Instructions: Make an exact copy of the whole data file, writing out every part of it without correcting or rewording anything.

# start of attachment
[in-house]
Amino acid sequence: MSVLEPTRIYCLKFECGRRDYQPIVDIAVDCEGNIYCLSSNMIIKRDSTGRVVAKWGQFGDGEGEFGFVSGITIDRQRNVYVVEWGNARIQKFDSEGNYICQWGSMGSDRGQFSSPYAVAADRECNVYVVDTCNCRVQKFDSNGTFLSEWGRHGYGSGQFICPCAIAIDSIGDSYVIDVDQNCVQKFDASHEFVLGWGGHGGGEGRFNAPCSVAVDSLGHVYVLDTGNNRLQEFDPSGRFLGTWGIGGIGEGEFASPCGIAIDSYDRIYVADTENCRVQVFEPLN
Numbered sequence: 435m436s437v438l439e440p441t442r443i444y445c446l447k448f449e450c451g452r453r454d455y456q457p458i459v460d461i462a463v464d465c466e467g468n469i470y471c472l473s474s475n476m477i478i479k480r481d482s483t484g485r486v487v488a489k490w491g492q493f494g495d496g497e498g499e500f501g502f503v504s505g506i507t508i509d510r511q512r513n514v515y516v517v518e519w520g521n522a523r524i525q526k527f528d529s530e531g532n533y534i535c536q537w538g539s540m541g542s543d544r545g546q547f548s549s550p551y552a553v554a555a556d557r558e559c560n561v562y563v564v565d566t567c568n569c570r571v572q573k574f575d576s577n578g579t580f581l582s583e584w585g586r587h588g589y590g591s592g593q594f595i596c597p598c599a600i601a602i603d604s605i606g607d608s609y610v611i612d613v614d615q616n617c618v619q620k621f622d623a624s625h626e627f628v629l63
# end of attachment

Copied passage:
[in-house]
Amino acid sequence: MSVLEPTRIYCLKFECGRRDYQPIVDIAVDCEGNIYCLSSNMIIKRDSTGRVVAKWGQFGDGEGEFGFVSGITIDRQRNVYVVEWGNARIQKFDSEGNYICQWGSMGSDRGQFSSPYAVAADRECNVYVVDTCNCRVQKFDSNGTFLSEWGRHGYGSGQFICPCAIAIDSIGDSYVIDVDQNCVQKFDASHEFVLGWGGHGGGEGRFNAPCSVAVDSLGHVYVLDTGNNRLQEFDPSGRFLGTWGIGGIGEGEFASPCGIAIDSYDRIYVADTENCRVQVFEPLN
Numbered sequence: 435m436s437v438l439e440p441t442r443i444y445c446l447k448f449e450c451g452r453r454d455y456q457p458i459v460d461i462a463v464d465c466e467g468n469i470y471c472l473s474s475n476m477i478i479k480r481d482s483t484g485r486v487v488a489k490w491g492q493f494g495d496g497e498g499e500f501g502f503v504s505g506i507t508i509d510r511q512r513n514v515y516v517v518e519w520g521n522a523r524i525q526k527f528d529s530e531g532n533y534i535c536q537w538g539s540m541g542s543d544r545g546q547f548s549s550p551y552a553v554a555a556d557r558e559c560n561v562y563v564v565d566t567c568n569c570r571v572q573k574f575d576s577n578g579t580f581l582s583e584w585g586r587h588g589y590g591s592g593q594f595i596c597p598c599a600i601a602i603d604s605i606g607d608s609y610v611i612d613v614d615q616n617c618v619q620k621f622d623a624s625h626e627f628v629l63